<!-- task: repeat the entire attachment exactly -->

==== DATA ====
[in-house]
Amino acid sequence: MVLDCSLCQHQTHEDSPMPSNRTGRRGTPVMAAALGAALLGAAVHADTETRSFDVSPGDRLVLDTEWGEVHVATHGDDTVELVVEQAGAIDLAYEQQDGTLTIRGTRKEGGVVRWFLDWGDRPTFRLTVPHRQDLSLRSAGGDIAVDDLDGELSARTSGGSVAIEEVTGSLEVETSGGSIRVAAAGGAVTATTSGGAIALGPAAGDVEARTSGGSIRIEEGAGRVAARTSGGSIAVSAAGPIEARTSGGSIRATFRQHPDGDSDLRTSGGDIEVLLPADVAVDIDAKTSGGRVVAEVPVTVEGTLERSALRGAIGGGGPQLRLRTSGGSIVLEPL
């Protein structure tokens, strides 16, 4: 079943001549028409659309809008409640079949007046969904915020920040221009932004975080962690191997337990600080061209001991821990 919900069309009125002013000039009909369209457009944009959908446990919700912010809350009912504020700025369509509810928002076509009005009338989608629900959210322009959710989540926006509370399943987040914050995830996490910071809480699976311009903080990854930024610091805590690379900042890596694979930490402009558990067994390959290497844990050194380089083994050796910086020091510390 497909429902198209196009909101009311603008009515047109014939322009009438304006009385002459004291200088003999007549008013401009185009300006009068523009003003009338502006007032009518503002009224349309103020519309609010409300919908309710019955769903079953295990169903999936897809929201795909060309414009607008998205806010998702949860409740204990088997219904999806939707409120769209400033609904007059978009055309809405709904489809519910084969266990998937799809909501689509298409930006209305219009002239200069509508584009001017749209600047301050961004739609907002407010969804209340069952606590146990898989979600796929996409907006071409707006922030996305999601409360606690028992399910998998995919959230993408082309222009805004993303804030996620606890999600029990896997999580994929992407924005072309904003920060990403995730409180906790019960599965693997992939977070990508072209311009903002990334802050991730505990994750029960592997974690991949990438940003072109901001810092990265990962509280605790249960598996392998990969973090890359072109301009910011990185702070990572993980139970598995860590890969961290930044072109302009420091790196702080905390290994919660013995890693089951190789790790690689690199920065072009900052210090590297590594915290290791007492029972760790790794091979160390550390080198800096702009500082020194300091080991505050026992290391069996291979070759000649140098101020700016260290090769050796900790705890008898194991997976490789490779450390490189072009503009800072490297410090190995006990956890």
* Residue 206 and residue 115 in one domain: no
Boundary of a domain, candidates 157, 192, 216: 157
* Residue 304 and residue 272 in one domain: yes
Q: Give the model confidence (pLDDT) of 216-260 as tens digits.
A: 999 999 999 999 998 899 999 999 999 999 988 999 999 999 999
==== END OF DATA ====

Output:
[in-house]
Amino acid sequence: MVLDCSLCQHQTHEDSPMPSNRTGRRGTPVMAAALGAALLGAAVHADTETRSFDVSPGDRLVLDTEWGEVHVATHGDDTVELVVEQAGAIDLAYEQQDGTLTIRGTRKEGGVVRWFLDWGDRPTFRLTVPHRQDLSLRSAGGDIAVDDLDGELSARTSGGSVAIEEVTGSLEVETSGGSIRVAAAGGAVTATTSGGAIALGPAAGDVEARTSGGSIRIEEGAGRVAARTSGGSIAVSAAGPIEARTSGGSIRATFRQHPDGDSDLRTSGGDIEVLLPADVAVDIDAKTSGGRVVAEVPVTVEGTLERSALRGAIGGGGPQLRLRTSGGSIVLEPL
């Protein structure tokens, strides 16, 4: 079943001549028409659309809008409640079949007046969904915020920040221009932004975080962690191997337990600080061209001991821990 919900069309009125002013000039009909369209457009944009959908446990919700912010809350009912504020700025369509509810928002076509009005009338989608629900959210322009959710989540926006509370399943987040914050995830996490910071809480699976311009903080990854930024610091805590690379900042890596694979930490402009558990067994390959290497844990050194380089083994050796910086020091510390 497909429902198209196009909101009311603008009515047109014939322009009438304006009385002459004291200088003999007549008013401009185009300006009068523009003003009338502006007032009518503002009224349309103020519309609010409300919908309710019955769903079953295990169903999936897809929201795909060309414009607008998205806010998702949860409740204990088997219904999806939707409120769209400033609904007059978009055309809405709904489809519910084969266990998937799809909501689509298409930006209305219009002239200069509508584009001017749209600047301050961004739609907002407010969804209340069952606590146990898989979600796929996409907006071409707006922030996305999601409360606690028992399910998998995919959230993408082309222009805004993303804030996620606890999600029990896997999580994929992407924005072309904003920060990403995730409180906790019960599965693997992939977070990508072209311009903002990334802050991730505990994750029960592997974690991949990438940003072109901001810092990265990962509280605790249960598996392998990969973090890359072109301009910011990185702070990572993980139970598995860590890969961290930044072109302009420091790196702080905390290994919660013995890693089951190789790790690689690199920065072009900052210090590297590594915290290791007492029972760790790794091979160390550390080198800096702009500082020194300091080991505050026992290391069996291979070759000649140098101020700016260290090769050796900790705890008898194991997976490789490779450390490189072009503009800072490297410090190995006990956890």
* Residue 206 and residue 115 in one domain: no
Boundary of a domain, candidates 157, 192, 216: 157
* Residue 304 and residue 272 in one domain: yes
Q: Give the model confidence (pLDDT) of 216-260 as tens digits.
A: 999 999 999 999 998 899 999 999 999 999 988 999 999 999 999